We hit two very different parks yesterday: Mount Rushmore and Badlands. I was surprised at the differences.
We hit Rushmore first thing in the morning. We drove through the touristy town of Keystone, paid $11 to park (not a park fee, the park is actually free, the money goes to a non-profit that helps the park. Passes don’t get you a discount) and walked into a beautiful man made plaza. The sculpture was incredible. We hiked the “strenuous” trail (250 stairs on a composite walk way), waited in a short line to go into a “cave” for a funky view of Washington, and read all the informative signs. We got separated in the crowds a could of times, when a toddler was insisting on walking the stairs, for example. Then we endured the chaos of the gift shop (got our magnet and park token!) and were off!
I think was got to me the most was overhearing a family say they weren’t going to the badlands because “there’s nothing there”. What’s not at the badlands are the crowds, irritable tourists who are upset because someone inadvertently walked into the perfect shot of the mountain.
What is there is 8 miles of unpaved road into bison and prairie dog territory. It’s another 10 miles of paved roads along mountain goat buttes and deer prairies. And yet another 5 miles along some of the craziest geologic features I’ve ever seen. The strenuous trail has a rope ladder on it (we skipped that!) The traffic is only bad when the momma goat is grazing on the shoulder and her kid is staring at the cars from the drainage ditch. There was a short line to climb up into the gap in the rocks near the amphitheater (see photo. That’s Pete and Brian). The only disappointment was that the clouds rolled in right after sunset so we couldn’t see the stars (2 nights of clouds people!)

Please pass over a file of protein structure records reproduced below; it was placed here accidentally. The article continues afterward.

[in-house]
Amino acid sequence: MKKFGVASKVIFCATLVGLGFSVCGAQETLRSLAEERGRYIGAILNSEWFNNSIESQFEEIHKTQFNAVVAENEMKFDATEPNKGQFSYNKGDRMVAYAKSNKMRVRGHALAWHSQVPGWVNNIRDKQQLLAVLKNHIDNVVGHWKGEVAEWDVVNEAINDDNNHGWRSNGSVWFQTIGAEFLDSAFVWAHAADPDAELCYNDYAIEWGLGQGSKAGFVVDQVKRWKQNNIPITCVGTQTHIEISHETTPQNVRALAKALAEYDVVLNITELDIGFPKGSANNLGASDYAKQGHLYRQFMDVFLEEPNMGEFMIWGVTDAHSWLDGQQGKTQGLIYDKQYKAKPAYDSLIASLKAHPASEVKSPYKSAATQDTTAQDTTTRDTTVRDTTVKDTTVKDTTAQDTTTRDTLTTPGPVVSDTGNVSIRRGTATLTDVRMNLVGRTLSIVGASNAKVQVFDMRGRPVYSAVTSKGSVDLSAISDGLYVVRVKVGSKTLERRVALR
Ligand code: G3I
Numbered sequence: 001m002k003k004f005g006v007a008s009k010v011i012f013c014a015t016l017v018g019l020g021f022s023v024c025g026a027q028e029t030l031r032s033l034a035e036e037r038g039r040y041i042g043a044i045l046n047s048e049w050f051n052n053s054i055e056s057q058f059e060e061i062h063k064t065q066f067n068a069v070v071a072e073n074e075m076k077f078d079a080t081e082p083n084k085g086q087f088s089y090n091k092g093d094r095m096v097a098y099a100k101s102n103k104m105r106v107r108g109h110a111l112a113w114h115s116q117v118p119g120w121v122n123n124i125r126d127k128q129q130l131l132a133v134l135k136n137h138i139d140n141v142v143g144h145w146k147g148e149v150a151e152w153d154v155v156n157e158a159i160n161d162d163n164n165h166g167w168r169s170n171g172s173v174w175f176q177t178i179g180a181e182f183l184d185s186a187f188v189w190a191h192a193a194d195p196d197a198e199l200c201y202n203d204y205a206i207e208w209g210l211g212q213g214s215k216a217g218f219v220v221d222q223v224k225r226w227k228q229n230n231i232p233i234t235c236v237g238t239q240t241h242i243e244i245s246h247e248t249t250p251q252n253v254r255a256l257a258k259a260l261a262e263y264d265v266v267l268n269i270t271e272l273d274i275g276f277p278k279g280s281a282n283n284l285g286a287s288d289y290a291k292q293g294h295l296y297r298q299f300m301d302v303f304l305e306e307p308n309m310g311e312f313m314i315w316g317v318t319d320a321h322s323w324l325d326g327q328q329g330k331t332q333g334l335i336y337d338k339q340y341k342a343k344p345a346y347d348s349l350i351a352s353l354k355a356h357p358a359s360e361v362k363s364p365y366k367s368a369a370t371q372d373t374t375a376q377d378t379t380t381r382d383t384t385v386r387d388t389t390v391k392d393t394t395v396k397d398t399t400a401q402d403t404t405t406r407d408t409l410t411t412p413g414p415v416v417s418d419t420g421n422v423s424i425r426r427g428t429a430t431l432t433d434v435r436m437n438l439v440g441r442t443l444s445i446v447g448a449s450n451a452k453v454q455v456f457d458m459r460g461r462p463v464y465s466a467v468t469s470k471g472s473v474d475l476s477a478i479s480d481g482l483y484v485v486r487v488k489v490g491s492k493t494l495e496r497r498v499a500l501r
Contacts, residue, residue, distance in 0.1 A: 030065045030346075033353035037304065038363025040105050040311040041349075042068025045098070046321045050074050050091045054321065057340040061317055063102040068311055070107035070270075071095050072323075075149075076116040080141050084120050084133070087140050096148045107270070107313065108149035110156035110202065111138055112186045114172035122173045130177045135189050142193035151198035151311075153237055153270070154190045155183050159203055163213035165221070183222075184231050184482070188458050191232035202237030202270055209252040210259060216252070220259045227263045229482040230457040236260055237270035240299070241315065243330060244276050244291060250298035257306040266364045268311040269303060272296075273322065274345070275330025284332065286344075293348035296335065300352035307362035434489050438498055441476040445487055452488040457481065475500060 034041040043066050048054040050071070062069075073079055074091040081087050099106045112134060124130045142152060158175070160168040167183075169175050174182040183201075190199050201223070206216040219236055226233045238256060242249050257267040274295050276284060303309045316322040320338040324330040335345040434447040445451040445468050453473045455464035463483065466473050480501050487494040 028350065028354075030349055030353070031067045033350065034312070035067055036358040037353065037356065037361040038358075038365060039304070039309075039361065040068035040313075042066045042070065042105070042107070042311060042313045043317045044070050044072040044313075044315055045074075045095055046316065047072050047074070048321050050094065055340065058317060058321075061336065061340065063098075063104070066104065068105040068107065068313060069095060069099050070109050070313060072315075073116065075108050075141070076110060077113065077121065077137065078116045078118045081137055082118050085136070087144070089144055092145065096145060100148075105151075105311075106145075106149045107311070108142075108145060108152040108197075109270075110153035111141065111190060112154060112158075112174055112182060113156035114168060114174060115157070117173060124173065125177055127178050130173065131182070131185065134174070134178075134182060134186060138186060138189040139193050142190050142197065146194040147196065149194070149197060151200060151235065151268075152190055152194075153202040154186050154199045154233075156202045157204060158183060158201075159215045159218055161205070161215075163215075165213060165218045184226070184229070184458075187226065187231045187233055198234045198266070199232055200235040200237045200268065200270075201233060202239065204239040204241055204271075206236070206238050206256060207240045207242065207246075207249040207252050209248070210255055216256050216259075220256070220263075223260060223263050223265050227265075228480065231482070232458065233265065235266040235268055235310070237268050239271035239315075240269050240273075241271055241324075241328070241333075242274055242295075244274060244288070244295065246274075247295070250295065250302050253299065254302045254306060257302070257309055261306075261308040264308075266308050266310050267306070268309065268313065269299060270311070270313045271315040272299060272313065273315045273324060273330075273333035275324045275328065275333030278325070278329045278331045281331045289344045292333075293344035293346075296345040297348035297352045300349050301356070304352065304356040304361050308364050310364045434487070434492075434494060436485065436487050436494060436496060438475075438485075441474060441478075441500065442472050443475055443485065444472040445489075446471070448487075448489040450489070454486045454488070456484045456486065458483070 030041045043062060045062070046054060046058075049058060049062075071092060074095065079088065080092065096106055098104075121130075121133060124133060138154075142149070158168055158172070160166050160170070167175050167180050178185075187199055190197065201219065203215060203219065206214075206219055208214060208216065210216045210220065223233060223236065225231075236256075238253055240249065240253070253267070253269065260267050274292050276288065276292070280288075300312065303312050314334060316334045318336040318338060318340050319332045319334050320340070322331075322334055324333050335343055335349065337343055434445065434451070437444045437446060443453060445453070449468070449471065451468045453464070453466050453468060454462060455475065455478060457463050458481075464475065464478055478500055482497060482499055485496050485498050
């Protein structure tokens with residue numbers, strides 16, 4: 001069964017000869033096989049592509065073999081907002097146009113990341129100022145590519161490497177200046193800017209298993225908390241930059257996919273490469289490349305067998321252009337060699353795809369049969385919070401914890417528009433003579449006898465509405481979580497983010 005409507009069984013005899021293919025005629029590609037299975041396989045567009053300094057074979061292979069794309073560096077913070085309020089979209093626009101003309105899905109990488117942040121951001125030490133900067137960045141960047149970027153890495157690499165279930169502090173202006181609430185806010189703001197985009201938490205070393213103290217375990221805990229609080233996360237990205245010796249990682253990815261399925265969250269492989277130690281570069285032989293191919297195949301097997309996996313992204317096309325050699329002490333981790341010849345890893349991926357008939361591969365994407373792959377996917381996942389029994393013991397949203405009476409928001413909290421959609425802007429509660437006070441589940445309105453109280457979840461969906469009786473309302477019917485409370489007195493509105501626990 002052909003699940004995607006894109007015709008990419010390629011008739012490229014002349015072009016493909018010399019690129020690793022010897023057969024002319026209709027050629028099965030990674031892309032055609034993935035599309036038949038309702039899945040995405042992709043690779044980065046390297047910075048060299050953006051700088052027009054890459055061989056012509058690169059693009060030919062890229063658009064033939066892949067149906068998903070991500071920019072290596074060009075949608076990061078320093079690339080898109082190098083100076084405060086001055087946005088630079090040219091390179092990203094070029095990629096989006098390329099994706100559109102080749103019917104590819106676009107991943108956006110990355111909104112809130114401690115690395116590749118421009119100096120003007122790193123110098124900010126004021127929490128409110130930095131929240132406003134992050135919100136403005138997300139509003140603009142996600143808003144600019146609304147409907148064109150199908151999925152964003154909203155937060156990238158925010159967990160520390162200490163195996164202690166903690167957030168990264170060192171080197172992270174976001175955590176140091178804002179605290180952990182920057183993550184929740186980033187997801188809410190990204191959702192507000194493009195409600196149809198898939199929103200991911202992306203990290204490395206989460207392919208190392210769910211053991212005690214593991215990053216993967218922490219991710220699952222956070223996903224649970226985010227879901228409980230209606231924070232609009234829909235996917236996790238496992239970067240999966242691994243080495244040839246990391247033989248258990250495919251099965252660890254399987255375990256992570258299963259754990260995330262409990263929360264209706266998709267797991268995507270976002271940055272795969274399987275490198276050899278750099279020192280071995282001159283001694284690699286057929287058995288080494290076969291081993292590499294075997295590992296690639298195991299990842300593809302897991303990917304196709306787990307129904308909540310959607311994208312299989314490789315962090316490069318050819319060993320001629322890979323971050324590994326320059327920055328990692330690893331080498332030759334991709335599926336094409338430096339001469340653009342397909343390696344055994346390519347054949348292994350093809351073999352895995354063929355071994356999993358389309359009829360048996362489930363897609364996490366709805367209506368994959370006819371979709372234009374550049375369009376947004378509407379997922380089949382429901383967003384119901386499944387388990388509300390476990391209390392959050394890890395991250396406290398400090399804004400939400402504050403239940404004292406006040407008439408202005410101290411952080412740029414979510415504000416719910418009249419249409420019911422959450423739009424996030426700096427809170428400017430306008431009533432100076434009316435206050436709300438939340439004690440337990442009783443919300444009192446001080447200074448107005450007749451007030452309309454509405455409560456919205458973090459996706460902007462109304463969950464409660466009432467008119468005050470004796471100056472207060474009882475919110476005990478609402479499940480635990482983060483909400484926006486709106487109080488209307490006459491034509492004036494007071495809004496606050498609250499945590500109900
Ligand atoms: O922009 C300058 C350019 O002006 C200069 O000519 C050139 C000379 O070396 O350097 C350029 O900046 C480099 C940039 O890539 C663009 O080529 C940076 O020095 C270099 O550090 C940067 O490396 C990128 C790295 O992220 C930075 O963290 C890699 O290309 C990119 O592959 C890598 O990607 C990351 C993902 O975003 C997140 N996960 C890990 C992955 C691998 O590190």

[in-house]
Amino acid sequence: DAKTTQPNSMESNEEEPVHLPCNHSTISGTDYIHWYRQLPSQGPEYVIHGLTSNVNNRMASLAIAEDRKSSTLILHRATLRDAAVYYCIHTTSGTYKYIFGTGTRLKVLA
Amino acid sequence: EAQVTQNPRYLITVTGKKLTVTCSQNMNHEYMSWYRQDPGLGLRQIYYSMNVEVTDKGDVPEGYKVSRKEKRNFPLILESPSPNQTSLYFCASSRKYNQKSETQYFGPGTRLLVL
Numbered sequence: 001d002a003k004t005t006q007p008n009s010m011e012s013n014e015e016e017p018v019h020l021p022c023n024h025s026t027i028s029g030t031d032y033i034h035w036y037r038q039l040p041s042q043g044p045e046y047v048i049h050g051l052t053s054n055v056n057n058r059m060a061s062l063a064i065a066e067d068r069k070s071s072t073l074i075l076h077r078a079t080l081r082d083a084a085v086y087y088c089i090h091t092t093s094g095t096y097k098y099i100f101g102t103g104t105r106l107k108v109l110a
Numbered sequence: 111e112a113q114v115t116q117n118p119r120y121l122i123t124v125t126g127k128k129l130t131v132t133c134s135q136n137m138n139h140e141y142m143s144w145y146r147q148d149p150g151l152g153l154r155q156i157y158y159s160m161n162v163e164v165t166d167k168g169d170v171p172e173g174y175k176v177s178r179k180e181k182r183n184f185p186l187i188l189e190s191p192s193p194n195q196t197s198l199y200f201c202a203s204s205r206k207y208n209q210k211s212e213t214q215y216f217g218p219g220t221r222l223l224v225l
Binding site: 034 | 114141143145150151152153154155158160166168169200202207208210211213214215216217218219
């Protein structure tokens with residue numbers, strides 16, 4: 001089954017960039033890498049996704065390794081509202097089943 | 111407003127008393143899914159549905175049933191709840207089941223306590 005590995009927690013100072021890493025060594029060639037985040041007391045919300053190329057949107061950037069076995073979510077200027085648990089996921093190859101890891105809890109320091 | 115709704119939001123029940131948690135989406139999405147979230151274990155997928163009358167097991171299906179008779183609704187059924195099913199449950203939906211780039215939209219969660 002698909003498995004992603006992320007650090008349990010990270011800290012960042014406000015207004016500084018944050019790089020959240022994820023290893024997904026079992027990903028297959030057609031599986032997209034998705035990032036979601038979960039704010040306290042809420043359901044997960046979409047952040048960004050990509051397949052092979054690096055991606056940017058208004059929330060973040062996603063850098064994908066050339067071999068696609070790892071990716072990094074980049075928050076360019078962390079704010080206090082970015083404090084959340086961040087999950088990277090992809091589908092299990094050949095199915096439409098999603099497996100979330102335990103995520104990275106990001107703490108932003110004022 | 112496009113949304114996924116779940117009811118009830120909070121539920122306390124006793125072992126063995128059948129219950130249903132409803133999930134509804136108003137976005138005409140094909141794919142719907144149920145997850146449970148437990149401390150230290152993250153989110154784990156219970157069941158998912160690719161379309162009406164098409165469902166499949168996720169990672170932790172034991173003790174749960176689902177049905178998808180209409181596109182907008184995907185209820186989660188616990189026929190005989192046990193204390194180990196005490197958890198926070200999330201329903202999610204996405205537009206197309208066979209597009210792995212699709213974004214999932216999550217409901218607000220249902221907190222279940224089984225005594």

I’m not saying don’t visit Rushmore. Do! It’s is impressive. Honestly, Teddy’s glasses alone would be worth the trip. But visit a smaller park like the Badlands. Go off the beaten path (even if you’re in a rental RV and its rattling like crazy). You might just spend half an hour in 90 degree heat and winds staring at a herd of buffalo through binoculars.